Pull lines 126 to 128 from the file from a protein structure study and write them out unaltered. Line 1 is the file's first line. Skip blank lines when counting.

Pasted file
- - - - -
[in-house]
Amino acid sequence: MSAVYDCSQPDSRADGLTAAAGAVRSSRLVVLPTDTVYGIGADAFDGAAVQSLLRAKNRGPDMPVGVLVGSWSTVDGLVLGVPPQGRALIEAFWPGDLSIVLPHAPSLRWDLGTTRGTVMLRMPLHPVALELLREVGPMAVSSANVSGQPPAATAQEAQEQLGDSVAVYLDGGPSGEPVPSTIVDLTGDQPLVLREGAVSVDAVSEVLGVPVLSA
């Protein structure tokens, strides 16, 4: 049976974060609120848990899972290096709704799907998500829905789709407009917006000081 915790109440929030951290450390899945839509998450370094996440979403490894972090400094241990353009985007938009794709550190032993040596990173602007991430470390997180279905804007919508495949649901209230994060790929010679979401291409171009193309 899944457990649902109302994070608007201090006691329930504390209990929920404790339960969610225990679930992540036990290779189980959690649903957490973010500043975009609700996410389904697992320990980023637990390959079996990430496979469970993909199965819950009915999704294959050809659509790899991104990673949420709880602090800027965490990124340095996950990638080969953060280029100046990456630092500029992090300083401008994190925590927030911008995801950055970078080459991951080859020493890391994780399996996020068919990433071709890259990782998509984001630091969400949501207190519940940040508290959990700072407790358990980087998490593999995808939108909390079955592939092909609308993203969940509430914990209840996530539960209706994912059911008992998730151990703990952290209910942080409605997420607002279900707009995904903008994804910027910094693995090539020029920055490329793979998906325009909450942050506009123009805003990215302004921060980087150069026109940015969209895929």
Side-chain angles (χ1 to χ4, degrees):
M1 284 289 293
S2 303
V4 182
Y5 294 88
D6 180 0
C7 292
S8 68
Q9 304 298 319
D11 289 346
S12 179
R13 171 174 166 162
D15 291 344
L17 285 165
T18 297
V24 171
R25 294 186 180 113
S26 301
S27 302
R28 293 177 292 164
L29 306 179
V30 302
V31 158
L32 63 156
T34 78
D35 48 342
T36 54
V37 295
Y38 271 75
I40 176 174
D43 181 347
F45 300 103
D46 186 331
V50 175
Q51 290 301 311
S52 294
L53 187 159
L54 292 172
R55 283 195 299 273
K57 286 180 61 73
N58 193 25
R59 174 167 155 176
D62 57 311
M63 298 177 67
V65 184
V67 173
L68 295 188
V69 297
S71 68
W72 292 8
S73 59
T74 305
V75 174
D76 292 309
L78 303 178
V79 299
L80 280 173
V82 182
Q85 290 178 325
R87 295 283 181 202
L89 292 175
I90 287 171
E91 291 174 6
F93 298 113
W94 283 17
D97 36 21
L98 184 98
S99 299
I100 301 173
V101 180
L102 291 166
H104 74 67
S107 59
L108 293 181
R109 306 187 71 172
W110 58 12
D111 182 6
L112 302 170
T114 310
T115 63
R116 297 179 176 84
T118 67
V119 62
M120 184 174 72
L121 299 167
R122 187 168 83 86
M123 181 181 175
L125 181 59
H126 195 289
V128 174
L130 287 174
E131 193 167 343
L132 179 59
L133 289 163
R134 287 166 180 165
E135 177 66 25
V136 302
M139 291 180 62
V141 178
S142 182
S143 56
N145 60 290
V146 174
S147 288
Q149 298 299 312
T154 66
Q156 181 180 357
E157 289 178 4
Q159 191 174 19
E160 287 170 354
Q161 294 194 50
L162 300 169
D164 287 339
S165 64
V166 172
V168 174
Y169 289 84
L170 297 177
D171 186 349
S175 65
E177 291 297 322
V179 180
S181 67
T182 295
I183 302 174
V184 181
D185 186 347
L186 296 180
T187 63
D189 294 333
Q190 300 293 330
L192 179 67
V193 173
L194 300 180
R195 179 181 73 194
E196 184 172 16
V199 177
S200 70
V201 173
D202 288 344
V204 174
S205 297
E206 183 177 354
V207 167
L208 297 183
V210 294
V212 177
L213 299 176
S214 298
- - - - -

S181 67
T182 295
I183 302 174